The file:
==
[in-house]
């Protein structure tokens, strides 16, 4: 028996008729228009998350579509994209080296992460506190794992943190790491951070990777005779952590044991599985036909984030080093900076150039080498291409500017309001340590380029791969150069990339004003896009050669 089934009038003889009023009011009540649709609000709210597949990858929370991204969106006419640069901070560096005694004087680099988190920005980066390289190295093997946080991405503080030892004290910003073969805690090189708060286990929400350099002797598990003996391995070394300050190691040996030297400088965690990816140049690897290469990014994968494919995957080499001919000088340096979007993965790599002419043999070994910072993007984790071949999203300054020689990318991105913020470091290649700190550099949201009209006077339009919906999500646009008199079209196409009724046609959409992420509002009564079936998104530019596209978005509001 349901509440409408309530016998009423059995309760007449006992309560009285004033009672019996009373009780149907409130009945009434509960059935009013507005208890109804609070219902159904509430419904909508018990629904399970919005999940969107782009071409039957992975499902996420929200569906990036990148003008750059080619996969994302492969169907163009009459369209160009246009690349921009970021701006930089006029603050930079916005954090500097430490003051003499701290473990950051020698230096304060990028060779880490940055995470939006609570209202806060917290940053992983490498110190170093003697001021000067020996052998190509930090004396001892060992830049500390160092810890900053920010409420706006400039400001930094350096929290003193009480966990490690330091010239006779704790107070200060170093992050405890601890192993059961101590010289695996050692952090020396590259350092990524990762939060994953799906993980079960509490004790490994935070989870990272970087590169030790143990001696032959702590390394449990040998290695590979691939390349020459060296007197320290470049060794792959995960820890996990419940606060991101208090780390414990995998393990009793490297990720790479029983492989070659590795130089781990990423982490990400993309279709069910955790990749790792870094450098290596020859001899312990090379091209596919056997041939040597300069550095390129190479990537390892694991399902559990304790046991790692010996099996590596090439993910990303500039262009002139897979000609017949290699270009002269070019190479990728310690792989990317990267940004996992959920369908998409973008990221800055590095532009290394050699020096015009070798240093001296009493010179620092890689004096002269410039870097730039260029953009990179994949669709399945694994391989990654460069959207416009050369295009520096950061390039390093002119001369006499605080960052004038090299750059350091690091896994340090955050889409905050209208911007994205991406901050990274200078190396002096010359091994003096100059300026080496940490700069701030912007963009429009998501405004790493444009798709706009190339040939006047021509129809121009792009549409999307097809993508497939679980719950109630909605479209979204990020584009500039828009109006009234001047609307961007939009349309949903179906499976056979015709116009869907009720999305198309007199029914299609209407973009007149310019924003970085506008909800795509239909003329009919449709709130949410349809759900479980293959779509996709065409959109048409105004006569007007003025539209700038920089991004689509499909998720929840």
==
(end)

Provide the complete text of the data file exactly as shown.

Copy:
[in-house]
């Protein structure tokens, strides 16, 4: 028996008729228009998350579509994209080296992460506190794992943190790491951070990777005779952590044991599985036909984030080093900076150039080498291409500017309001340590380029791969150069990339004003896009050669 089934009038003889009023009011009540649709609000709210597949990858929370991204969106006419640069901070560096005694004087680099988190920005980066390289190295093997946080991405503080030892004290910003073969805690090189708060286990929400350099002797598990003996391995070394300050190691040996030297400088965690990816140049690897290469990014994968494919995957080499001919000088340096979007993965790599002419043999070994910072993007984790071949999203300054020689990318991105913020470091290649700190550099949201009209006077339009919906999500646009008199079209196409009724046609959409992420509002009564079936998104530019596209978005509001 349901509440409408309530016998009423059995309760007449006992309560009285004033009672019996009373009780149907409130009945009434509960059935009013507005208890109804609070219902159904509430419904909508018990629904399970919005999940969107782009071409039957992975499902996420929200569906990036990148003008750059080619996969994302492969169907163009009459369209160009246009690349921009970021701006930089006029603050930079916005954090500097430490003051003499701290473990950051020698230096304060990028060779880490940055995470939006609570209202806060917290940053992983490498110190170093003697001021000067020996052998190509930090004396001892060992830049500390160092810890900053920010409420706006400039400001930094350096929290003193009480966990490690330091010239006779704790107070200060170093992050405890601890192993059961101590010289695996050692952090020396590259350092990524990762939060994953799906993980079960509490004790490994935070989870990272970087590169030790143990001696032959702590390394449990040998290695590979691939390349020459060296007197320290470049060794792959995960820890996990419940606060991101208090780390414990995998393990009793490297990720790479029983492989070659590795130089781990990423982490990400993309279709069910955790990749790792870094450098290596020859001899312990090379091209596919056997041939040597300069550095390129190479990537390892694991399902559990304790046991790692010996099996590596090439993910990303500039262009002139897979000609017949290699270009002269070019190479990728310690792989990317990267940004996992959920369908998409973008990221800055590095532009290394050699020096015009070798240093001296009493010179620092890689004096002269410039870097730039260029953009990179994949669709399945694994391989990654460069959207416009050369295009520096950061390039390093002119001369006499605080960052004038090299750059350091690091896994340090955050889409905050209208911007994205991406901050990274200078190396002096010359091994003096100059300026080496940490700069701030912007963009429009998501405004790493444009798709706009190339040939006047021509129809121009792009549409999307097809993508497939679980719950109630909605479209979204990020584009500039828009109006009234001047609307961007939009349309949903179906499976056979015709116009869907009720999305198309007199029914299609209407973009007149310019924003970085506008909800795509239909003329009919449709709130949410349809759900479980293959779509996709065409959109048409105004006569007007003025539209700038920089991004689509499909998720929840």